If the thought of clipping coupons, makes you groan, consider this: these days, if you worked at it, you could actually make money by using them. With double- and triple- coupon deals, and the internet making everything easier, there's no excuse for paying full price.
Try simple swaps to save even more on items you normally buy.
Consider Stephanie Nelson, who shaves $100 off her grocery bill each week. To save 80 percent or more, she matches her coupons existing deals at the supermarket. And better yet, she estimates she needs just 15 minutes a week to organize coupons and another 30 to match them up with store sales. If you don't have the patience her site, couponmom.com, boils the whole process down to ten minutes.
These tricks will help you save money at the grocery store.
Try This Easy Game Plan
1. Get a coupon organizer - and no, a plastic baggie doesn't qualify. Try something stylish, like the ones on galison.com, to keep you motivated.
2. On Sunday mornings, log into the Virtual Coupon Organizer at couponmom.com. After selecting your state, you'll find a list of coupons that were inserted in the Sunday papers in the largest city near you.
2. Match that list to the circulars from your Sunday paper that list sales at major stores, and check couponmom.com for sales at select supermarkets, then order your coupons accordingly, making certain to check the expiration dates on them.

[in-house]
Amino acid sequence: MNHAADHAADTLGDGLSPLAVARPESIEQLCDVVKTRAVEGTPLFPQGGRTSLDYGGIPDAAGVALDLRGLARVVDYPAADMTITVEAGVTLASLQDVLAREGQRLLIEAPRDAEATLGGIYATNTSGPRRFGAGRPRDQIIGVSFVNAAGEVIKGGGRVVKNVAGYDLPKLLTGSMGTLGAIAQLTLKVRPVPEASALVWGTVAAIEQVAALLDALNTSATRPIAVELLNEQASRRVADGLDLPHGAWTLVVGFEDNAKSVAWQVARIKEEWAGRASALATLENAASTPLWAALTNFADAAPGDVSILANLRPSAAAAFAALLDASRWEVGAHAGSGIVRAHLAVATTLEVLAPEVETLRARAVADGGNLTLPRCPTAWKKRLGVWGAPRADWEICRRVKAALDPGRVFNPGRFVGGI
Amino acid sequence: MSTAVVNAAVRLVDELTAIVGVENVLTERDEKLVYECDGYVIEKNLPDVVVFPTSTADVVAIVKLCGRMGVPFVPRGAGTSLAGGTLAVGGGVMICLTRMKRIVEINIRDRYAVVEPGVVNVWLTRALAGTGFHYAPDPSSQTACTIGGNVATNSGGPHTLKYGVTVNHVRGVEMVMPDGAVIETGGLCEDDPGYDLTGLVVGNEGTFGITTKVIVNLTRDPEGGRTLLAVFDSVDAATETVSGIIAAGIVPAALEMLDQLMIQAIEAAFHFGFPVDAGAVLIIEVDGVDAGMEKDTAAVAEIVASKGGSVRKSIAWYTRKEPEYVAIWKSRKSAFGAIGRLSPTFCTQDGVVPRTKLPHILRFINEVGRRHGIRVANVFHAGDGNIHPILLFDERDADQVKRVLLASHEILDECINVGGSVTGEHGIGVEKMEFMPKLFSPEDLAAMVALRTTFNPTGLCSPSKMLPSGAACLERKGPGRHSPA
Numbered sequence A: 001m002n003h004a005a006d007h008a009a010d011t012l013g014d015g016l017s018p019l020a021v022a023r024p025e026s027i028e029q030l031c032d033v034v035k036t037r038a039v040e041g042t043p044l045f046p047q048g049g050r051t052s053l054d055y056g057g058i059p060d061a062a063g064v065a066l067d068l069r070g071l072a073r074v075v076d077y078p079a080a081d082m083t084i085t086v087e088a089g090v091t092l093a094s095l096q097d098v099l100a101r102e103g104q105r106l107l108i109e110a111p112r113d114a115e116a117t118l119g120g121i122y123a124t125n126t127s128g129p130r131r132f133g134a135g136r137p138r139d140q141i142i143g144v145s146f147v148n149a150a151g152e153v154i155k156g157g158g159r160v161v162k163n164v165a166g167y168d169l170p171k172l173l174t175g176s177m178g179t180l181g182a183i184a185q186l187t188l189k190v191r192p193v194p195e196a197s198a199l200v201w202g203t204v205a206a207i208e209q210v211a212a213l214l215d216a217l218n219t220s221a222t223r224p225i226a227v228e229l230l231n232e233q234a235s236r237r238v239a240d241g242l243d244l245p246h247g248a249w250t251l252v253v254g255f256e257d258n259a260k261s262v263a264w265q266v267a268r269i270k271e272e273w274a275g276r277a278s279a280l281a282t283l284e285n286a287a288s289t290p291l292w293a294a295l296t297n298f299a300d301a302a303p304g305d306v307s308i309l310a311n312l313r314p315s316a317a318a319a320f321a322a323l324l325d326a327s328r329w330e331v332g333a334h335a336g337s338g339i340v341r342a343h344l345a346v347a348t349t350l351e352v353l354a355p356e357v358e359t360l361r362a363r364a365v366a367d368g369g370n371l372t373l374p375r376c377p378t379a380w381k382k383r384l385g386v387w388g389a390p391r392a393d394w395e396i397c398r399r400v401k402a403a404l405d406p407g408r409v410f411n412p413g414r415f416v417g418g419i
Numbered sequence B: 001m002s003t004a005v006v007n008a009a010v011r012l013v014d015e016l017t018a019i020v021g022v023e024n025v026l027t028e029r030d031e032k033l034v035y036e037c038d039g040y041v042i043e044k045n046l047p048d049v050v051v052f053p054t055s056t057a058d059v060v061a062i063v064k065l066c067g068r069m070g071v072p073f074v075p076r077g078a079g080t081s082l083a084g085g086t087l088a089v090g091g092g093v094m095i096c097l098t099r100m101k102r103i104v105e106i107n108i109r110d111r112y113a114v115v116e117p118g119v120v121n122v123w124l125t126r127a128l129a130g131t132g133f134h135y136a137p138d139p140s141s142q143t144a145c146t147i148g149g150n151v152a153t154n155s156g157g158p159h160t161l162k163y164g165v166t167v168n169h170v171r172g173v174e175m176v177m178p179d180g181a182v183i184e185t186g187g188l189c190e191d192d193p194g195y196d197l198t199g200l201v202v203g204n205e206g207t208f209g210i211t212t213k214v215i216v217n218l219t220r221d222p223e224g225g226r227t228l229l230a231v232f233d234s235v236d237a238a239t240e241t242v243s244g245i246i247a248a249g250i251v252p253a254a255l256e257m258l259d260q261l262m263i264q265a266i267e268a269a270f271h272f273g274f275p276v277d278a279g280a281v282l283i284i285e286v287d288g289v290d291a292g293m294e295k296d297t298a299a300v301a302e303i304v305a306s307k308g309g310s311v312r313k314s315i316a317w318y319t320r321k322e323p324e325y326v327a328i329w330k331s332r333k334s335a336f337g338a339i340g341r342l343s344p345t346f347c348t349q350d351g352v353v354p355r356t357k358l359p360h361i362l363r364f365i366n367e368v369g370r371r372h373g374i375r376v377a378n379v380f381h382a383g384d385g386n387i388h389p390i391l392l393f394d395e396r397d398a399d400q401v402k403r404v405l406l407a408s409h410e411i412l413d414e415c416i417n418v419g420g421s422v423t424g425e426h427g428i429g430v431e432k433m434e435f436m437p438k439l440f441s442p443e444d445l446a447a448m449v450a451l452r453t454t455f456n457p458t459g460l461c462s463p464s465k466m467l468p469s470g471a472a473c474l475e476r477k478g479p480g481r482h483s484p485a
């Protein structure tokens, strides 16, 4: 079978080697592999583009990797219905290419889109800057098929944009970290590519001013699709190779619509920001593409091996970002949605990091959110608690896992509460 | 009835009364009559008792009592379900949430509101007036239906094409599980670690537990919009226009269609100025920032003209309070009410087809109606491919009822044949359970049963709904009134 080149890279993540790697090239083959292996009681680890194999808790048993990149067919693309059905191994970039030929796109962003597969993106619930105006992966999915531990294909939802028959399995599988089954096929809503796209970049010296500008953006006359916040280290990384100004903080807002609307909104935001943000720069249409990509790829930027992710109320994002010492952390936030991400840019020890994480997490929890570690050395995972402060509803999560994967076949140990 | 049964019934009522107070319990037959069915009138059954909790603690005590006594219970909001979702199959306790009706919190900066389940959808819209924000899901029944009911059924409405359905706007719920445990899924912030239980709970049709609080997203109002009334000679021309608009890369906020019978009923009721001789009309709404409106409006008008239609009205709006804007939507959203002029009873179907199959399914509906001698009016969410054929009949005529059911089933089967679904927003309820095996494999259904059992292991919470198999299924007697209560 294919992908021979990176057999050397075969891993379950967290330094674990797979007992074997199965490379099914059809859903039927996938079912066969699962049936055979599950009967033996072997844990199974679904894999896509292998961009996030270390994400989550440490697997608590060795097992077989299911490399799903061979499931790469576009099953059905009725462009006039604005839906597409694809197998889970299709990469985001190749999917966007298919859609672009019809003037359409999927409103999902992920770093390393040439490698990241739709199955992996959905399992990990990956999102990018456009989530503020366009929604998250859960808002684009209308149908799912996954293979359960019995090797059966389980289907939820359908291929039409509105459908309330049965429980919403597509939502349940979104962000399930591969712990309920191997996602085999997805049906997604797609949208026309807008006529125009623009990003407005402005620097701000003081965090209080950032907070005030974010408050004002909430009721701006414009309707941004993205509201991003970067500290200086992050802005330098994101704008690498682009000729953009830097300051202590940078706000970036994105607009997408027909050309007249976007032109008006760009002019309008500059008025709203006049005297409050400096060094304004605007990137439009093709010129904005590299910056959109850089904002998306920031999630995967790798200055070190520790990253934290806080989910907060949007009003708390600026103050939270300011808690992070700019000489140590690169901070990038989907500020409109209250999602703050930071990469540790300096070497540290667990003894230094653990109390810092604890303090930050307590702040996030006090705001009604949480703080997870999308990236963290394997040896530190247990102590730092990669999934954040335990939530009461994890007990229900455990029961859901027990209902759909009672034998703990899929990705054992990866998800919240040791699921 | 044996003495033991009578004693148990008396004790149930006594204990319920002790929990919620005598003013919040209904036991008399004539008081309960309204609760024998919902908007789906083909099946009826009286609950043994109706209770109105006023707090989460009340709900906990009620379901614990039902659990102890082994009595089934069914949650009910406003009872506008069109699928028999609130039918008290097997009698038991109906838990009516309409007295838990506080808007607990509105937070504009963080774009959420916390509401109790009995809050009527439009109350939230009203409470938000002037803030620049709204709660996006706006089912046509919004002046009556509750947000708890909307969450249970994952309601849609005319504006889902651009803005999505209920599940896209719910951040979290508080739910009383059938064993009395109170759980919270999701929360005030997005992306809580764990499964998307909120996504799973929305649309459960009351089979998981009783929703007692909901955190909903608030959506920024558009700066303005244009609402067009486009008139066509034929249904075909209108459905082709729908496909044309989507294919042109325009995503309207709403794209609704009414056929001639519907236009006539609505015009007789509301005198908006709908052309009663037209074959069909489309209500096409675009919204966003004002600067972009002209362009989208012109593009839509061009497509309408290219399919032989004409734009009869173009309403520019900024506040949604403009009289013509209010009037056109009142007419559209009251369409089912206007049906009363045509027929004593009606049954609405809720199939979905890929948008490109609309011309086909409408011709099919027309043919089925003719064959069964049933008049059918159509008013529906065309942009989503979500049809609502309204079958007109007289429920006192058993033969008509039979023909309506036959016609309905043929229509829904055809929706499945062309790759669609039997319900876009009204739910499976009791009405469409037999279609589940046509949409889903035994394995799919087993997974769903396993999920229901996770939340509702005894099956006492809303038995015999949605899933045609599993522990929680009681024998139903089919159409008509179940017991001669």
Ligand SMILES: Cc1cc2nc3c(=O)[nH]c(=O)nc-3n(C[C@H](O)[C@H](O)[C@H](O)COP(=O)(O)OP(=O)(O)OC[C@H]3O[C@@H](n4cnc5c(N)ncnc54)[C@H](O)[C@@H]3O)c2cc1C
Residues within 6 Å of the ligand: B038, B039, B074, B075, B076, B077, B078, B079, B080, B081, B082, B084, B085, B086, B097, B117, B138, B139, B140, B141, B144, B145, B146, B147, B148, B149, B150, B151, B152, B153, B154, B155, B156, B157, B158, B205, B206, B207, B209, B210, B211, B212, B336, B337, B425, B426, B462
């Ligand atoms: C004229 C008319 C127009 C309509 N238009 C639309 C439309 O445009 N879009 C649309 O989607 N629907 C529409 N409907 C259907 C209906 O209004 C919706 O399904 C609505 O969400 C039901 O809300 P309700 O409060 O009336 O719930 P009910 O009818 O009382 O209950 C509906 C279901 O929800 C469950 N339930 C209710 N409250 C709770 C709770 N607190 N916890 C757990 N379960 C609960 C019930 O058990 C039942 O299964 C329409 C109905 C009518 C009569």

3. Plan menus for the week according to the best bargains and hit the stores!
Now that your saving, try adopting these penny-pinching habits.
Some Other Tips to Keep in Mind
- Over the course of one month, jot down the highest and lowest prices you pay for major items each week. Keep this list in your organizer so that when a price hits bottom you can buy in bulk.
- Collect Sunday circulars from non-coupon-clipping friends or from a recycling center, and check to see if your store has a coupon-swap bulletin board.
- Trade coupons online at sites like thriftyfun.com.
- Try $1 a pot bean-and-turkey soup! On double-coupon days, you can get canned beans for a dime, and you can often find coupons for free broth.
Do you have more tips on how to save? We want to hear them!
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Reprinted with permission of Hearst Communications, Inc.